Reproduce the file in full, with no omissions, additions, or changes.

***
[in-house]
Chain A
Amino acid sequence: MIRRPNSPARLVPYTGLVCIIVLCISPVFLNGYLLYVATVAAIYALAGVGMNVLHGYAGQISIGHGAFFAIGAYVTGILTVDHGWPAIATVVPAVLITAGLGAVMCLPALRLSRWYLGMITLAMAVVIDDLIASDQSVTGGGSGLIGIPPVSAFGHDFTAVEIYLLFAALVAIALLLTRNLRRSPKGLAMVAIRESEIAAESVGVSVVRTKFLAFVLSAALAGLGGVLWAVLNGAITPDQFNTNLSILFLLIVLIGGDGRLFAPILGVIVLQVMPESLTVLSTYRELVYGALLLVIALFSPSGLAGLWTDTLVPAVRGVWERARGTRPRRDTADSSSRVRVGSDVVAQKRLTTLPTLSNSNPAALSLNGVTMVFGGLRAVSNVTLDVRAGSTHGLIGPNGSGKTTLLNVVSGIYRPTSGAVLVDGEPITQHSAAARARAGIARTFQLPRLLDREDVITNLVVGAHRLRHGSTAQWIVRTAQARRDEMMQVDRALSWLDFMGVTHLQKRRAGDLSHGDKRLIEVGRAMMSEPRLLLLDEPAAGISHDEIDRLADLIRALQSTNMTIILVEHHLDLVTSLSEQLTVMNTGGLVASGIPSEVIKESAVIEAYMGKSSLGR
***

[in-house]
Chain A
Amino acid sequence: MIRRPNSPARLVPYTGLVCIIVLCISPVFLNGYLLYVATVAAIYALAGVGMNVLHGYAGQISIGHGAFFAIGAYVTGILTVDHGWPAIATVVPAVLITAGLGAVMCLPALRLSRWYLGMITLAMAVVIDDLIASDQSVTGGGSGLIGIPPVSAFGHDFTAVEIYLLFAALVAIALLLTRNLRRSPKGLAMVAIRESEIAAESVGVSVVRTKFLAFVLSAALAGLGGVLWAVLNGAITPDQFNTNLSILFLLIVLIGGDGRLFAPILGVIVLQVMPESLTVLSTYRELVYGALLLVIALFSPSGLAGLWTDTLVPAVRGVWERARGTRPRRDTADSSSRVRVGSDVVAQKRLTTLPTLSNSNPAALSLNGVTMVFGGLRAVSNVTLDVRAGSTHGLIGPNGSGKTTLLNVVSGIYRPTSGAVLVDGEPITQHSAAARARAGIARTFQLPRLLDREDVITNLVVGAHRLRHGSTAQWIVRTAQARRDEMMQVDRALSWLDFMGVTHLQKRRAGDLSHGDKRLIEVGRAMMSEPRLLLLDEPAAGISHDEIDRLADLIRALQSTNMTIILVEHHLDLVTSLSEQLTVMNTGGLVASGIPSEVIKESAVIEAYMGKSSLGR